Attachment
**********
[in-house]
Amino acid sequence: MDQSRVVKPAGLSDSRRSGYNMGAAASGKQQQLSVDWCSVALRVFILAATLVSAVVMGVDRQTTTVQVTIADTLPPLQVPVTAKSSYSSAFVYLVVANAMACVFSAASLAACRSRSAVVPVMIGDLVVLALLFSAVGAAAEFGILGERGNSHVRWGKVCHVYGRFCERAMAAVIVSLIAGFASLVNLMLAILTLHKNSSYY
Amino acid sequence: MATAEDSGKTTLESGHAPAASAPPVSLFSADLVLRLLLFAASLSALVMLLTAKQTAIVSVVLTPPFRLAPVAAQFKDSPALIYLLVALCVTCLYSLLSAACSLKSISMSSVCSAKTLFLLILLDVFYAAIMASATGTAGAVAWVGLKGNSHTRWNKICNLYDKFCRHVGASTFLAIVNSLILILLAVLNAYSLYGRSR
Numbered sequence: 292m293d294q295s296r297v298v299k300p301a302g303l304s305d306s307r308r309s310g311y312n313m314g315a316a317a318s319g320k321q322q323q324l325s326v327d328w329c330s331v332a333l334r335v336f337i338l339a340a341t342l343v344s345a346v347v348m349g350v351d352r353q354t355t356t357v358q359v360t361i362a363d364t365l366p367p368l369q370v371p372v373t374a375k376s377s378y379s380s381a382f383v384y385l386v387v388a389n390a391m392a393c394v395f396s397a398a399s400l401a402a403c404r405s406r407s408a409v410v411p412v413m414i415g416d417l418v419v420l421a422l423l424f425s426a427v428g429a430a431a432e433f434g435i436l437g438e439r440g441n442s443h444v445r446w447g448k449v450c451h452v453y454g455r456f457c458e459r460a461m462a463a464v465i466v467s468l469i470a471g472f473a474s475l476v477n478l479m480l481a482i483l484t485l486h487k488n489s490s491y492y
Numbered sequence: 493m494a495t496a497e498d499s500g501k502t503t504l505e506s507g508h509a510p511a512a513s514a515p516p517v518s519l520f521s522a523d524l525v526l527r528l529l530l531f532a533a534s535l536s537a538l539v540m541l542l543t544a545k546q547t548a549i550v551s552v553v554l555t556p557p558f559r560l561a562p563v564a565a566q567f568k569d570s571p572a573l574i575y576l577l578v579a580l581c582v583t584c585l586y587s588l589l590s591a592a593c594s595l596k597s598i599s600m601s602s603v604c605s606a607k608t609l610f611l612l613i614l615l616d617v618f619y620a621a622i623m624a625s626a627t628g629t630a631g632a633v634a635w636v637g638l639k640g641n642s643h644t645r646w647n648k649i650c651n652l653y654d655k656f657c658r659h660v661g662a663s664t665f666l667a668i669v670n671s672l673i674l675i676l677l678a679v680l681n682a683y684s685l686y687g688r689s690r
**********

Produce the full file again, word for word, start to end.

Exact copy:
[in-house]
Amino acid sequence: MDQSRVVKPAGLSDSRRSGYNMGAAASGKQQQLSVDWCSVALRVFILAATLVSAVVMGVDRQTTTVQVTIADTLPPLQVPVTAKSSYSSAFVYLVVANAMACVFSAASLAACRSRSAVVPVMIGDLVVLALLFSAVGAAAEFGILGERGNSHVRWGKVCHVYGRFCERAMAAVIVSLIAGFASLVNLMLAILTLHKNSSYY
Amino acid sequence: MATAEDSGKTTLESGHAPAASAPPVSLFSADLVLRLLLFAASLSALVMLLTAKQTAIVSVVLTPPFRLAPVAAQFKDSPALIYLLVALCVTCLYSLLSAACSLKSISMSSVCSAKTLFLLILLDVFYAAIMASATGTAGAVAWVGLKGNSHTRWNKICNLYDKFCRHVGASTFLAIVNSLILILLAVLNAYSLYGRSR
Numbered sequence: 292m293d294q295s296r297v298v299k300p301a302g303l304s305d306s307r308r309s310g311y312n313m314g315a316a317a318s319g320k321q322q323q324l325s326v327d328w329c330s331v332a333l334r335v336f337i338l339a340a341t342l343v344s345a346v347v348m349g350v351d352r353q354t355t356t357v358q359v360t361i362a363d364t365l366p367p368l369q370v371p372v373t374a375k376s377s378y379s380s381a382f383v384y385l386v387v388a389n390a391m392a393c394v395f396s397a398a399s400l401a402a403c404r405s406r407s408a409v410v411p412v413m414i415g416d417l418v419v420l421a422l423l424f425s426a427v428g429a430a431a432e433f434g435i436l437g438e439r440g441n442s443h444v445r446w447g448k449v450c451h452v453y454g455r456f457c458e459r460a461m462a463a464v465i466v467s468l469i470a471g472f473a474s475l476v477n478l479m480l481a482i483l484t485l486h487k488n489s490s491y492y
Numbered sequence: 493m494a495t496a497e498d499s500g501k502t503t504l505e506s507g508h509a510p511a512a513s514a515p516p517v518s519l520f521s522a523d524l525v526l527r528l529l530l531f532a533a534s535l536s537a538l539v540m541l542l543t544a545k546q547t548a549i550v551s552v553v554l555t556p557p558f559r560l561a562p563v564a565a566q567f568k569d570s571p572a573l574i575y576l577l578v579a580l581c582v583t584c585l586y587s588l589l590s591a592a593c594s595l596k597s598i599s600m601s602s603v604c605s606a607k608t609l610f611l612l613i614l615l616d617v618f619y620a621a622i623m624a625s626a627t628g629t630a631g632a633v634a635w636v637g638l639k640g641n642s643h644t645r646w647n648k649i650c651n652l653y654d655k656f657c658r659h660v661g662a663s664t665f666l667a668i669v670n671s672l673i674l675i676l677l678a679v680l681n682a683y684s685l686y687g688r689s690r